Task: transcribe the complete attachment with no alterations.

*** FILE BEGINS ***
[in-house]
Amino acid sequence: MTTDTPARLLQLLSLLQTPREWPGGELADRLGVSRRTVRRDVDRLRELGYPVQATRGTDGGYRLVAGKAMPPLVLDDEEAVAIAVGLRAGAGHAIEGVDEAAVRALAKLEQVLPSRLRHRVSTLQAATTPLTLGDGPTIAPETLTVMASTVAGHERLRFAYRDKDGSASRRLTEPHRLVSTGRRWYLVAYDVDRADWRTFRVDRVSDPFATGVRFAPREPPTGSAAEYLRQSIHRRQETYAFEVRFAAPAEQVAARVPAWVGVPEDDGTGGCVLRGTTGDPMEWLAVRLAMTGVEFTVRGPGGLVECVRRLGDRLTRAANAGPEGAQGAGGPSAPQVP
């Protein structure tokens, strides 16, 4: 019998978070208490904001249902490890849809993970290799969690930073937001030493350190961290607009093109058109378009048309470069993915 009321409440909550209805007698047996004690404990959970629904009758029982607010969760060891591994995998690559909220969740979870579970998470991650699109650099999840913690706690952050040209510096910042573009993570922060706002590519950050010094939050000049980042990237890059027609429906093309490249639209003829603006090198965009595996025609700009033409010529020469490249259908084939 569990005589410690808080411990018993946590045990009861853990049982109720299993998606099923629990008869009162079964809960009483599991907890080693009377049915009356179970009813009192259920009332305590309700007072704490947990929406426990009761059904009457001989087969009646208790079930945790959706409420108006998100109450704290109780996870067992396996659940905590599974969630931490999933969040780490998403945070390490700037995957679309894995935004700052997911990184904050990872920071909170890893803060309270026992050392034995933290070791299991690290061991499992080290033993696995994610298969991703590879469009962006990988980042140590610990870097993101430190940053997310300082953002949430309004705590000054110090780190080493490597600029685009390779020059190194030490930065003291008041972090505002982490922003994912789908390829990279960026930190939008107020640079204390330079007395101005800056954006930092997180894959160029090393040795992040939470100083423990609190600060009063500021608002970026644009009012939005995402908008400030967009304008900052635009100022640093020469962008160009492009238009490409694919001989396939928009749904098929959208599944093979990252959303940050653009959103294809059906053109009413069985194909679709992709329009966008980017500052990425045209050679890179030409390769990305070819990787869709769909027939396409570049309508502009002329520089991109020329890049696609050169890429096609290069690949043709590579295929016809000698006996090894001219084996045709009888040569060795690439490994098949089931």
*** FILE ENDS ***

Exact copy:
[in-house]
Amino acid sequence: MTTDTPARLLQLLSLLQTPREWPGGELADRLGVSRRTVRRDVDRLRELGYPVQATRGTDGGYRLVAGKAMPPLVLDDEEAVAIAVGLRAGAGHAIEGVDEAAVRALAKLEQVLPSRLRHRVSTLQAATTPLTLGDGPTIAPETLTVMASTVAGHERLRFAYRDKDGSASRRLTEPHRLVSTGRRWYLVAYDVDRADWRTFRVDRVSDPFATGVRFAPREPPTGSAAEYLRQSIHRRQETYAFEVRFAAPAEQVAARVPAWVGVPEDDGTGGCVLRGTTGDPMEWLAVRLAMTGVEFTVRGPGGLVECVRRLGDRLTRAANAGPEGAQGAGGPSAPQVP
């Protein structure tokens, strides 16, 4: 019998978070208490904001249902490890849809993970290799969690930073937001030493350190961290607009093109058109378009048309470069993915 009321409440909550209805007698047996004690404990959970629904009758029982607010969760060891591994995998690559909220969740979870579970998470991650699109650099999840913690706690952050040209510096910042573009993570922060706002590519950050010094939050000049980042990237890059027609429906093309490249639209003829603006090198965009595996025609700009033409010529020469490249259908084939 569990005589410690808080411990018993946590045990009861853990049982109720299993998606099923629990008869009162079964809960009483599991907890080693009377049915009356179970009813009192259920009332305590309700007072704490947990929406426990009761059904009457001989087969009646208790079930945790959706409420108006998100109450704290109780996870067992396996659940905590599974969630931490999933969040780490998403945070390490700037995957679309894995935004700052997911990184904050990872920071909170890893803060309270026992050392034995933290070791299991690290061991499992080290033993696995994610298969991703590879469009962006990988980042140590610990870097993101430190940053997310300082953002949430309004705590000054110090780190080493490597600029685009390779020059190194030490930065003291008041972090505002982490922003994912789908390829990279960026930190939008107020640079204390330079007395101005800056954006930092997180894959160029090393040795992040939470100083423990609190600060009063500021608002970026644009009012939005995402908008400030967009304008900052635009100022640093020469962008160009492009238009490409694919001989396939928009749904098929959208599944093979990252959303940050653009959103294809059906053109009413069985194909679709992709329009966008980017500052990425045209050679890179030409390769990305070819990787869709769909027939396409570049309508502009002329520089991109020329890049696609050169890429096609290069690949043709590579295929016809000698006996090894001219084996045709009888040569060795690439490994098949089931």